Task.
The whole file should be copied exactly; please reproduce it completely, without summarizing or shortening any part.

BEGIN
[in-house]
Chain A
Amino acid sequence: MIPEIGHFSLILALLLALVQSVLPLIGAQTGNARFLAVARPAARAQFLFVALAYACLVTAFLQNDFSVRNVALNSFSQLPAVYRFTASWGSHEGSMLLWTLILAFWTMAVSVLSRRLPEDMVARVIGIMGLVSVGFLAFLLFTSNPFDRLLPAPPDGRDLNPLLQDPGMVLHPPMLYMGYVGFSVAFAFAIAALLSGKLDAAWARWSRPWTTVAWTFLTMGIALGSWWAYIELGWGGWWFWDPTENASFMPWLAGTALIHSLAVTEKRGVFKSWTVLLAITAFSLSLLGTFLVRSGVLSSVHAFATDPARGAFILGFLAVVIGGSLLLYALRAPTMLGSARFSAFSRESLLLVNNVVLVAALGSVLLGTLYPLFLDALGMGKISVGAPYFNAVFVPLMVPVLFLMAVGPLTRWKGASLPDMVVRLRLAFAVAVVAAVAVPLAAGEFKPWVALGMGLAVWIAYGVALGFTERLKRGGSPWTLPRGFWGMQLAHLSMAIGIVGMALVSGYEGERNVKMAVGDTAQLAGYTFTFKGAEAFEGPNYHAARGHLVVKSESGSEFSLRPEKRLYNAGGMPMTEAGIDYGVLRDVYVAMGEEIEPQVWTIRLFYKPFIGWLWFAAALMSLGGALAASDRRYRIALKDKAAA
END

[in-house]
Chain A
Amino acid sequence: MIPEIGHFSLILALLLALVQSVLPLIGAQTGNARFLAVARPAARAQFLFVALAYACLVTAFLQNDFSVRNVALNSFSQLPAVYRFTASWGSHEGSMLLWTLILAFWTMAVSVLSRRLPEDMVARVIGIMGLVSVGFLAFLLFTSNPFDRLLPAPPDGRDLNPLLQDPGMVLHPPMLYMGYVGFSVAFAFAIAALLSGKLDAAWARWSRPWTTVAWTFLTMGIALGSWWAYIELGWGGWWFWDPTENASFMPWLAGTALIHSLAVTEKRGVFKSWTVLLAITAFSLSLLGTFLVRSGVLSSVHAFATDPARGAFILGFLAVVIGGSLLLYALRAPTMLGSARFSAFSRESLLLVNNVVLVAALGSVLLGTLYPLFLDALGMGKISVGAPYFNAVFVPLMVPVLFLMAVGPLTRWKGASLPDMVVRLRLAFAVAVVAAVAVPLAAGEFKPWVALGMGLAVWIAYGVALGFTERLKRGGSPWTLPRGFWGMQLAHLSMAIGIVGMALVSGYEGERNVKMAVGDTAQLAGYTFTFKGAEAFEGPNYHAARGHLVVKSESGSEFSLRPEKRLYNAGGMPMTEAGIDYGVLRDVYVAMGEEIEPQVWTIRLFYKPFIGWLWFAAALMSLGGALAASDRRYRIALKDKAAA